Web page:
The coronavirus pandemic has forced many of us to work remotely. While there is a good number of people who simply switched the place they work from, others have to find a completely new remote job. One of the most common choices for the first remote job is that of a virtual assistant. On paper, it has a low barrier to entry compared to some other jobs, but landing your first gig or full-time role can be challenging.
So, how can you stand out as a virtual assistant nowadays? Let’s go through some ways in which you can market and brand yourself as a VA.
Who is a virtual assistant?
A virtual assistant is a professional (often self-employed) who provides administrative, technical and creative assistance to their employers and clients. Think of a VA as a digital secretary – they are there to take the workload off their clients’ tables. A virtual assistant can do anything, from booking appointments, responding to emails, all the way to managing social media, and updating a client’s website.
With that out of the way, let’s talk about some ways to market yourself as a virtual assistant.
Create a website
Since the bulk of your work will be digital, it’s a good idea to have a website to show off what you do. Setting one up used to be a lot of work but nowadays, all it takes is $20 and a few hours of your time. You can use a service like Wix to create your website, show off your skills and references, and have a virtual business card to present to your clients. While you may not need a website right away, you will be in need of one if you want to get to the higher end of wages for virtual assistants.
Start and maintain a blog
This is probably the most frequent tip you’ll hear online but it’s for a reason. If you start a blog and update it frequently with high-quality content, it’s the easiest way to get found for your work. Don’t write about your passion projects or hobbies, write about the work you do and how you help your clients solve their business problems.
Get some references
When shopping online, people look at customer reviews before making a decision. The same goes for companies when they want to hire someone. When an HR expert needs to make a decision on which VA to hire, the testimonial, or better known as the reference will often make a decision on whether you get hired or not.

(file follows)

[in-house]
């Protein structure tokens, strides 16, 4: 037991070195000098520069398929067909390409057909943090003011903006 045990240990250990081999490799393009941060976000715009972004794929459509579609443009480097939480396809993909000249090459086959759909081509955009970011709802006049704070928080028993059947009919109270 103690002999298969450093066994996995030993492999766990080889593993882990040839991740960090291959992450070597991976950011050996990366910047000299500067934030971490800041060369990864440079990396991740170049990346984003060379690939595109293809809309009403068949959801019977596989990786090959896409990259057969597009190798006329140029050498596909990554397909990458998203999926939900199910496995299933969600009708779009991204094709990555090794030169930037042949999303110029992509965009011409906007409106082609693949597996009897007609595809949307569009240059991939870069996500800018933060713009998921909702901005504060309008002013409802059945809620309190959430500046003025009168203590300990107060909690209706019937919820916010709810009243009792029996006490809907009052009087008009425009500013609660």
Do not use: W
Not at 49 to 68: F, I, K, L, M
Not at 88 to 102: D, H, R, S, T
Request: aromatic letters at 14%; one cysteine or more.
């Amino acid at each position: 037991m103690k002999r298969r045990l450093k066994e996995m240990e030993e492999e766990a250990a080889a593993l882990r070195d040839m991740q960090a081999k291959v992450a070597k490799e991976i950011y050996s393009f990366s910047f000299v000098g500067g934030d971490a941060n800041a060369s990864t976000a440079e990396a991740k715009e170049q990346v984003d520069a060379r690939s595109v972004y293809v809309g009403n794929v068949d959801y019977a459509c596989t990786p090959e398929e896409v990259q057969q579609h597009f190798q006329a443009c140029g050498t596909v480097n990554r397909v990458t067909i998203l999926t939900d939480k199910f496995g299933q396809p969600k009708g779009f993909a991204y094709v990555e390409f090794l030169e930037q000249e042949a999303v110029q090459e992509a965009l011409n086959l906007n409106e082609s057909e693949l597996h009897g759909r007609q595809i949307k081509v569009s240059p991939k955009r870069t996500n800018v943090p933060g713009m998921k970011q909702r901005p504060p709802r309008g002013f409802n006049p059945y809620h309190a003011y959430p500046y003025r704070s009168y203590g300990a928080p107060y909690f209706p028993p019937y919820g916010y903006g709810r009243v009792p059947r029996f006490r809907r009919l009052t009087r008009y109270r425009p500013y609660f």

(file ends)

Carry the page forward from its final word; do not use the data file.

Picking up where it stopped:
Once you successfully complete a job for a client, make sure to ask for their review in written form. Even better yet, in video form! Let the client say what you did for them and how happy they were with your services. Store your references in a Google Doc and keep them handy as you apply for new gigs or part/full-time roles. If you have a website (more on that later on), this is the ideal place to show off your references in the form of testimonials.
In fact, collecting and showing your customer testimonials can be super simple while using a testimonial and rating platform like Trust.
With its help you can simply send automated emails to your customers, asking them for a review of your business and services. Later on, Trust allows you to easily show customer feedback (text reviews, video testimonials and ratings) on your website so that you can engage new visitors who are looking for a virtual assistant to help them out. The best part is – you can try it for free for 14 days.
Specialize and niche down
There are thousands of VAs out there looking for work. And as I mentioned earlier, there are even more of them since the pandemic started. A VA can do anything and most of them start out with simpler jobs such as online research, booking appointments, taking calls, or similar tasks that anyone with some spare time and an internet connection can do. The problem is, all VAs can do these tasks and you’re not doing anything to stand out.